Although the country was in serious financial condition, the leaders in the movement for a tax-supported library felt that since the vote was so close in April, 1929, another vote on the proposition would be justified. On March 6, 1930, another petition was presented to the county court which contained the names of over one hundred qualified voters. With such a petition, the court was authorized to call another election, and April 1, 1930, the date of the annual school election was set. The vote again a disappointment to the library movement. The vote for the forming of the district was 1135 for and 1163 against, and the vote on the half mill on the dollar tax was defeated by a vote of 1105 for and 1167 against. After the defeat, no action was taken to vote on a tax supported library until April, 1947.
In 1935, the five year lease to the oil company expired and the company exercised their option to buy the lot for $12,000. Then came the problem of reinvesting the money with some assurance of income. The incorporation agreement specified that the money was to be used to buy real estate in Chillicothe and the income from such property was to be used for the upkeep of the library. Shortly after the sale of the lot at the corner of Washington and Calhoun Streets, an opportunity came to buy a valuable downtown building on the southwest corner of Washington and Jackson Streets. Owned by the trustees of a closed bank, and offered for a reasonable sum, this building had considerable potential as a rental property. The building seemed to be an excellent selection and was purchased by the board. The purchase of the building was completed on June 7, 1935, for the amount of $9,000. The building was occupied at the time by the Stewart Abstract Company, and they continued to occupy the building until 1945. The library board did not have adequate funds to remodel the newly acquired building on the southwest corner of the square but the rental from the building was a source of revenue which was needed in maintaining the library.
In September, 1936, the library moved from the court house to a house the board had purchased at 813 Calhoun Street (see photo). The building had formerly been a private residence and was only one half block west from the site originally used by the library in 1921. It was reconditioned throughout and the interior was arranged so that it was suitable to accommodate the library. The Federated Clubs were again very generous with their efforts and assisted with payment for new floor, lights, redecoration, and equipment. The second floor was arranged for an apartment and was occupied by the librarian.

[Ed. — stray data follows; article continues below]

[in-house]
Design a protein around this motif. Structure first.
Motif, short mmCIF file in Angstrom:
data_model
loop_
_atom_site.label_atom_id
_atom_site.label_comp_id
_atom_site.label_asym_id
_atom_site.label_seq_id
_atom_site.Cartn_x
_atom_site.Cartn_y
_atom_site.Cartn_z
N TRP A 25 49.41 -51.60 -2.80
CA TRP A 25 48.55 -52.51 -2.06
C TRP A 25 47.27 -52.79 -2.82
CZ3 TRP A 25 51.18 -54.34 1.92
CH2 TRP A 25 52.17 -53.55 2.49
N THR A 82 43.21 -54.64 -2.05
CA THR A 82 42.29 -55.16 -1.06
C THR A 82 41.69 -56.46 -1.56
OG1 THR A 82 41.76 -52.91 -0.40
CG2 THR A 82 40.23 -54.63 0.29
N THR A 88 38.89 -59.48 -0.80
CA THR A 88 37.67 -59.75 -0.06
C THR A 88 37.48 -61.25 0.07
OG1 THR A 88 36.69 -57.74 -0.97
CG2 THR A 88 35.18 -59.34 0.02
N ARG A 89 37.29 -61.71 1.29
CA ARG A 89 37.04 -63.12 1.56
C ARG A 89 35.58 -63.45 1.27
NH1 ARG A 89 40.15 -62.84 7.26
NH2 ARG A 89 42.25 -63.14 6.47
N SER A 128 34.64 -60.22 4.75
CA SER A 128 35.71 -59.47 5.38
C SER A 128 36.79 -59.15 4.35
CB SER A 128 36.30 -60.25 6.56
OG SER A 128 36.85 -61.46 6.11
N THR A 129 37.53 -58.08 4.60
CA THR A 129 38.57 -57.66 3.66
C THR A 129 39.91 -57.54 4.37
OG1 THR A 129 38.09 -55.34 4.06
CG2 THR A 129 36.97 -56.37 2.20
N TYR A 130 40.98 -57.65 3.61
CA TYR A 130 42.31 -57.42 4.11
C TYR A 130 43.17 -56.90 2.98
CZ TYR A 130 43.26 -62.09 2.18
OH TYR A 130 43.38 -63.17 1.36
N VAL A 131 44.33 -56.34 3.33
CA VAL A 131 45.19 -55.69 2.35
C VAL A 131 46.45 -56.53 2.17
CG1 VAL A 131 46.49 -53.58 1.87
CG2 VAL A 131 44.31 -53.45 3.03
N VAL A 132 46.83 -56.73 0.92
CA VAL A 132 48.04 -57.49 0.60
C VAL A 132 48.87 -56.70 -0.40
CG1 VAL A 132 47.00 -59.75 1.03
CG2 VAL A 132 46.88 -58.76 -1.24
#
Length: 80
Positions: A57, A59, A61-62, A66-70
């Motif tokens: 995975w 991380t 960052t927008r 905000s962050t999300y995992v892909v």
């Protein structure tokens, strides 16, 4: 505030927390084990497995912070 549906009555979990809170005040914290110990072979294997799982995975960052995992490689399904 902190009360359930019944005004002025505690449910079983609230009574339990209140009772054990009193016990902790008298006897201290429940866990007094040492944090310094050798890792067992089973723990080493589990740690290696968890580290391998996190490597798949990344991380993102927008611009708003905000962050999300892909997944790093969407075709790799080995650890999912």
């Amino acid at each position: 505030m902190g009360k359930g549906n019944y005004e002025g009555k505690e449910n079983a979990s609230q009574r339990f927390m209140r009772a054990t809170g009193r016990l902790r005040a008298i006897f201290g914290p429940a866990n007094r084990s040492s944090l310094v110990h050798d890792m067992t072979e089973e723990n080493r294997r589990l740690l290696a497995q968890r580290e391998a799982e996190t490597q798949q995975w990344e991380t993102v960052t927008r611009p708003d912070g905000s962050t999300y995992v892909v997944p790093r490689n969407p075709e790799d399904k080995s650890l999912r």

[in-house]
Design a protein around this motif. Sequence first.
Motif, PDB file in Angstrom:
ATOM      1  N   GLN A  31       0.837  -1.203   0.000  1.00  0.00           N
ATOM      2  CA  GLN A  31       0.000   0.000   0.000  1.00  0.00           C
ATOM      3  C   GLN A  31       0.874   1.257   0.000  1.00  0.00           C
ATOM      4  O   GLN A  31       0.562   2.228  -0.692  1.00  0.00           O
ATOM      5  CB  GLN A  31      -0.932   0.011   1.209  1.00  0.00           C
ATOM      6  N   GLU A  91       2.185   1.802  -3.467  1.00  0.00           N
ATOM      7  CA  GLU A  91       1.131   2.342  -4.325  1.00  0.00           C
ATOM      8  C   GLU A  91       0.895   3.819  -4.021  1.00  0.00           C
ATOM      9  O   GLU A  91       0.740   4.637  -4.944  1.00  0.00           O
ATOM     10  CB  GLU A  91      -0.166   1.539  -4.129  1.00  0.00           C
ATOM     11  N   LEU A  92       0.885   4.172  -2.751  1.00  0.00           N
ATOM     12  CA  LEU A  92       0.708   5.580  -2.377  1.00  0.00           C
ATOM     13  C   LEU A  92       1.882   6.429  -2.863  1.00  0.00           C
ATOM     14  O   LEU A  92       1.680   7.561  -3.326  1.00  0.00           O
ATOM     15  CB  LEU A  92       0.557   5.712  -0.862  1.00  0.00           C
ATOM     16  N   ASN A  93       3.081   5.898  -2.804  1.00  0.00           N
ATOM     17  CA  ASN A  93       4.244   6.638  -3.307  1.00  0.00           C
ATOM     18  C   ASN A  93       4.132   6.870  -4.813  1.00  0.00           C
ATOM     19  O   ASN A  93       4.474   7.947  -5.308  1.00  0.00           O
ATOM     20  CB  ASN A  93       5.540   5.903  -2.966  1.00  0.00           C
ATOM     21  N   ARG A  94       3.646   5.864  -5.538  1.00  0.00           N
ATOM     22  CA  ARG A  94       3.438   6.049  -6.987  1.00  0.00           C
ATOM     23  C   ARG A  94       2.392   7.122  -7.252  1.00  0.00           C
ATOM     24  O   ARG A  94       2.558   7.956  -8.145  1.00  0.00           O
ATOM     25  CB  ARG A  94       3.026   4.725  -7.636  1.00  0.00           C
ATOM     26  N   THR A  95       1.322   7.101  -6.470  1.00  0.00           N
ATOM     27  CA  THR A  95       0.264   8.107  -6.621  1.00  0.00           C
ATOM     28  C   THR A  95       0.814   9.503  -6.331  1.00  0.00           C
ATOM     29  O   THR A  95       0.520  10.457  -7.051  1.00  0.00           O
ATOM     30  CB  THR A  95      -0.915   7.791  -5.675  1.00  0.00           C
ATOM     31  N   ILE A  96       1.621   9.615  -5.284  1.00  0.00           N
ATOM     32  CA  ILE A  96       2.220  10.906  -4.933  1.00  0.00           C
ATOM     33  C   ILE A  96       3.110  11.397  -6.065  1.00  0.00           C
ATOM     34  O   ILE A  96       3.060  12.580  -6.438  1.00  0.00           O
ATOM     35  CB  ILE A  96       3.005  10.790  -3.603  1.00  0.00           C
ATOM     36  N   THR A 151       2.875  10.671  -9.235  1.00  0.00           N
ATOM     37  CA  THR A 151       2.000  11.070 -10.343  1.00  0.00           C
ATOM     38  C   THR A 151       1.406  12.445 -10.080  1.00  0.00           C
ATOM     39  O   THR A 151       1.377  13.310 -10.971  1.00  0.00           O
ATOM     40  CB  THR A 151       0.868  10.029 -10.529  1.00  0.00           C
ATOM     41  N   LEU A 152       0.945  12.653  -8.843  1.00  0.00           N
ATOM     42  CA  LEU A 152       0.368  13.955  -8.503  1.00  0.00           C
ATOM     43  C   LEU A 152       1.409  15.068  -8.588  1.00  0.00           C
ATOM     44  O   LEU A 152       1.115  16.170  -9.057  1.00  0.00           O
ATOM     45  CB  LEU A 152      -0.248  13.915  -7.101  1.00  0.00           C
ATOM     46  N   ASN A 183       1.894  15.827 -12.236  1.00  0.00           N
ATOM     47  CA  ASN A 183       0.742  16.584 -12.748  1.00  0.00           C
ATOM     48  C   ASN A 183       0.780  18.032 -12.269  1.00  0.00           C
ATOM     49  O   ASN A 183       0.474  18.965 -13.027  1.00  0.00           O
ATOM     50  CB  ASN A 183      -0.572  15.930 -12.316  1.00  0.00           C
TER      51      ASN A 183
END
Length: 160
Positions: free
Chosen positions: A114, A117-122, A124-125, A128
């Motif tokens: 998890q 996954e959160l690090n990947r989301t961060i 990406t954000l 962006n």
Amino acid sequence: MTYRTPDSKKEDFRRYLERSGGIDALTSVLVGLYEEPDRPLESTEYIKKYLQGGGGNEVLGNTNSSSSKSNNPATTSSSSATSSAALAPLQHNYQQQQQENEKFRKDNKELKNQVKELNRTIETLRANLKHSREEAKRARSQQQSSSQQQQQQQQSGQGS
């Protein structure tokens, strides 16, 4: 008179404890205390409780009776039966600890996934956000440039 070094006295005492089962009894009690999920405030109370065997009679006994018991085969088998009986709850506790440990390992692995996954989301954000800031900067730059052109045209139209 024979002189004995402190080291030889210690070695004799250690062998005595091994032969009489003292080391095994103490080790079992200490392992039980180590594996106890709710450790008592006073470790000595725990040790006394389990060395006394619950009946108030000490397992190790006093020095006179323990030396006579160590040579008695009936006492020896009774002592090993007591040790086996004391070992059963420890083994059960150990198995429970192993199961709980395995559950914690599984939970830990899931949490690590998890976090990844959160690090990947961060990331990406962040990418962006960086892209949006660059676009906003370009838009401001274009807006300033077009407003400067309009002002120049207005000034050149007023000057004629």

The new location for the library promoted growth, so that by 1937 there were 8,624 books on the shelves and 52 periodicals were taken. A total of 18,500 books were loaned during the year. The librarian, Mrs. F. A. Davis, and her assistant, Miss Alta Barrett, had gathered a very unusual clipping file through the years. This collection was of special use to high school students and club women. A small rental shelf of the latest books was in use and the money received from the rentals and from fines was used to purchase new books.
The library board at this period was made up of the president of the City Federated Clubs, the president and one selected member from each of the five federated clubs in Chillicothe. Mrs. Rueben Barney, President Emeritus, served as president for ten years, giving much time and effort to the success of the undertaking. Her efficient successor was Mrs. Raymond Russell, who served many years.
The library remained at 813 Calhoun for over a decade. During these years the country was recovering from an economic depression and the Second World War had been brought to a successful conclusion with the surrender of Japan in August of 1945. The decade was a period of marking time from a standpoint of growth, but the library had established itself as an important institution in the county and had proven its worth and need to the community and its supporters.
The plan of a tax-supported library had been voted in many counties in Missouri by 1947. It was on February 24, 1947, that the extension clubs presented a petition with names of 205 legal residents of Livingston County to the county court asking that an election be held to form a Livingston County Library District and to vote one mill on the dollar to support the library.
The election was held on the date of the annual school election on April 1, 1947. The vote to form the district was 1494 for and 1168 against, and the tax carried with 1488 for and 1174 against. On June 23, 1947, the county court appointed the following women to be members of the Livingston County Board: